Everyone has a vulnerable side of themselves. Part of being in a relationship is showing that vulnerable side to your partner. However, in a lot of scenarios, we don't need a lot of active help to feel supported. Even very minor behaviors can communicate support.

Research has shown that the support people desire differs a bit, largely depending on someone's attachment style (I've included a lot more about this in The Healthy Mind Toolkit.) People who are anxious about attachment need to know their feelings don't overwhelm their partner. When they feel distressed, they want their partner to communicate that they're a team. The anxious person wants to know they don't need to manage alone. In contrast, people who have what's termed an avoidant attachment style need to feel their autonomy is encouraged and supported. People who are securely attached often want a mix of these.

If you think about it, the types of support I've mentioned can be communicated in very subtle ways. A person with an anxious attachment style might really want to be picked up from the airport after an exhausting trip or long flight. Even if an Uber ride home would be more logical, the simple gesture of picking them up might help them feel loved and wanted.

On the other hand, an avoidant person might feel more supported by their partner letting them return home by themselves, take a shower and decompress, before any major conversation starts. When they're facing a tricky decision, a person with an avoidant style might feel best supported by a partner who says, "Let me know when you've thought it all through and decided." That communicates trust in their autonomy, but also a level of interest in the person's dilemma. The specifics of what someone finds supportive will vary highly from relationship to relationship, but what's important is a "fit" between the support one person feels equipped to provide, and the support the other person feels soothed by. In great relationships, people identify the Venn diagram of that. (The popular concept of "Love Languages" conveys this somewhat but whether or not you like gifts, for example, isn't the critical element.)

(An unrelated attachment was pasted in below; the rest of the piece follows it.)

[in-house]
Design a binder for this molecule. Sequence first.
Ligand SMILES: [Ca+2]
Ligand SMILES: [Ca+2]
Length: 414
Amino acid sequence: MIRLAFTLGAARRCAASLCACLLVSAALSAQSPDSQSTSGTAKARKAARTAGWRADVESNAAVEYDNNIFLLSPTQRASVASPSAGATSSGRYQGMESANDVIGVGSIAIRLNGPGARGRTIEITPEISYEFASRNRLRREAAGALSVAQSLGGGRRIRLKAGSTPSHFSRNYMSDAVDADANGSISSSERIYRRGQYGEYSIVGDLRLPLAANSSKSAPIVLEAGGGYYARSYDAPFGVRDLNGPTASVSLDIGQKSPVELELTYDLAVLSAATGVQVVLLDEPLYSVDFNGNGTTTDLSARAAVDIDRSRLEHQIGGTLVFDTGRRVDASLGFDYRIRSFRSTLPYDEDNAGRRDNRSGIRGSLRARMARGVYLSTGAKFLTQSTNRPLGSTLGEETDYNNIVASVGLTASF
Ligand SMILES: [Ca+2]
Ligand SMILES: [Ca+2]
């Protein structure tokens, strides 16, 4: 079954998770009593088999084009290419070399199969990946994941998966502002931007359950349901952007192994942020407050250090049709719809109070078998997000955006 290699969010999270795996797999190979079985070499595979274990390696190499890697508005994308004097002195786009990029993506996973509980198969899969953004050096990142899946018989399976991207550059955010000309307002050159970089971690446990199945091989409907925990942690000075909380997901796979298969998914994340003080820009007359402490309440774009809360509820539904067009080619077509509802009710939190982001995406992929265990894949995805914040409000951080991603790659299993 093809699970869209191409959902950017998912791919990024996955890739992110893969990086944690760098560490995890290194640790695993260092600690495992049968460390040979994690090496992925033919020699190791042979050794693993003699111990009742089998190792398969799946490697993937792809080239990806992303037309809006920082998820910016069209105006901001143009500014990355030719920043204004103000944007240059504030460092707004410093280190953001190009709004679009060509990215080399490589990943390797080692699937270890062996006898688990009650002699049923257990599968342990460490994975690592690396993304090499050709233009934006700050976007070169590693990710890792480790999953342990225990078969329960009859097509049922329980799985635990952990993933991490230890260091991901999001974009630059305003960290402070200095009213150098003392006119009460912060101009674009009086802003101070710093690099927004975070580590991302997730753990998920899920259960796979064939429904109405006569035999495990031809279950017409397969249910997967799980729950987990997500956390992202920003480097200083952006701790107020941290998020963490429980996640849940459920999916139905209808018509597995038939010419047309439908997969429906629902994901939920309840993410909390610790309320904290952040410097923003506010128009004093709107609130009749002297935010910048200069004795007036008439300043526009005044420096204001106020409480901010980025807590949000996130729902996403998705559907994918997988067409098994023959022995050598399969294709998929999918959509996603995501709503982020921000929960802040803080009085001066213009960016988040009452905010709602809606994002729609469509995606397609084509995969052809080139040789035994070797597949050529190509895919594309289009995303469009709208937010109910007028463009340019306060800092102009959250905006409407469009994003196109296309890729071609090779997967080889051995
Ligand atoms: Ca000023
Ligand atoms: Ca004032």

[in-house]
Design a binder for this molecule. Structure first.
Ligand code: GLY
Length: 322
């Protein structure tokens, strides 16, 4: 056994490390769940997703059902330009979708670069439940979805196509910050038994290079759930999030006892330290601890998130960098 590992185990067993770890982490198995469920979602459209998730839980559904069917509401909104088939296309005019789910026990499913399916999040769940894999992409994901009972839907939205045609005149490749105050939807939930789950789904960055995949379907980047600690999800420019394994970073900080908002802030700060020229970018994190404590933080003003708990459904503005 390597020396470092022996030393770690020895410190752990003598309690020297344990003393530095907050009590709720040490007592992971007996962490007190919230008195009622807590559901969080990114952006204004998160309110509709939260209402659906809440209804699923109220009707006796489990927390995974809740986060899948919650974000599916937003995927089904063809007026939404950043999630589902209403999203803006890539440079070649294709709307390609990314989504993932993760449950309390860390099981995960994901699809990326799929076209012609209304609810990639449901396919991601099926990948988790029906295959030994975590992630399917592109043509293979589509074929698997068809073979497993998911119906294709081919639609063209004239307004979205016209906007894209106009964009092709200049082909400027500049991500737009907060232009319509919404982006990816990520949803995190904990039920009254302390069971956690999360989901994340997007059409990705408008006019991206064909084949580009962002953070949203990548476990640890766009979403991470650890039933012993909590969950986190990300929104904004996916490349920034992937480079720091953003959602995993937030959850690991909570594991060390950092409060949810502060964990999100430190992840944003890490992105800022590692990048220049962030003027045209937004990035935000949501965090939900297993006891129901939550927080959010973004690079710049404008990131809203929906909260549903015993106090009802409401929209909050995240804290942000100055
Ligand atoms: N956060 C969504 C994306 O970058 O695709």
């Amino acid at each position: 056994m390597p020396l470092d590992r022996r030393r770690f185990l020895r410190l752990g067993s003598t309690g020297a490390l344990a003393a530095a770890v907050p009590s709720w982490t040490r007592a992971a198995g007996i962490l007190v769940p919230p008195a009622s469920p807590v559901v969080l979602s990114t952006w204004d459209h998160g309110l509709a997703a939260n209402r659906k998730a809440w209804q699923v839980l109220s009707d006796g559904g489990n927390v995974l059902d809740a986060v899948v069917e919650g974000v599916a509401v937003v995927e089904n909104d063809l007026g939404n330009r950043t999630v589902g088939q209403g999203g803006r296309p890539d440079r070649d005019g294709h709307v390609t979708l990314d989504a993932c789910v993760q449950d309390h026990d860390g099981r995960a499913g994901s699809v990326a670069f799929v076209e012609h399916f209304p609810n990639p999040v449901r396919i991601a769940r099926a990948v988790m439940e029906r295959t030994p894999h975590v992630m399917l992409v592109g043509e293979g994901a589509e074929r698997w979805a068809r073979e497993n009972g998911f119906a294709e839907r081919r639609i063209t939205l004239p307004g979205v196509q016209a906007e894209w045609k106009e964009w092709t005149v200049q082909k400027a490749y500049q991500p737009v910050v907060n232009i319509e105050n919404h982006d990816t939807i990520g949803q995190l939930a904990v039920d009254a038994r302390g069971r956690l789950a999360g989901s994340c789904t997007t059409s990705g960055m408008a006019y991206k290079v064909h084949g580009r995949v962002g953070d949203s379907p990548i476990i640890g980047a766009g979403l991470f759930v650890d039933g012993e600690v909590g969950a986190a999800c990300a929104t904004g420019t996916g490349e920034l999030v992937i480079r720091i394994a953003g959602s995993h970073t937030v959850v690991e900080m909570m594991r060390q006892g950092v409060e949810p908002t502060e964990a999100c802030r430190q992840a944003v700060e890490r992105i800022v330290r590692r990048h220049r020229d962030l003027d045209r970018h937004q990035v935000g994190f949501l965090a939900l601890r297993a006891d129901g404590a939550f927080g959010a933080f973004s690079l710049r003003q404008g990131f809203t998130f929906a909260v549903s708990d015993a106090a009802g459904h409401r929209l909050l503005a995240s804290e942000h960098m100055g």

5. You know which minor celebrity your partner would most want a birthday message from.

A lot of us would love a President, billionaire, Oscar-winning actor, or another icon, to call to wish us happy birthday or congratulate us on an accomplishment. But, dropping down a level, what minority celebrity would your partner love to hear from? What reality TV star, YouTuber, author, broadway actor, professional crush, etc would your partner most like a personal message from? What would give them a thrill? What type of message would be most meaningful to them?

Why is this subtly important? It shows how specifically you know your partner. It shows how much you know about their interests, including the fun, quirky aspects of what's meaningful to them.

When people are seeking a partner, they sometimes make a checklist of what they desire, e.g., someone tall, who shares their interests, and who wants the same number of children they do. However, mature, successful relationships typically become about more subtle factors, like knowing, accepting, and supporting each other in very specific ways.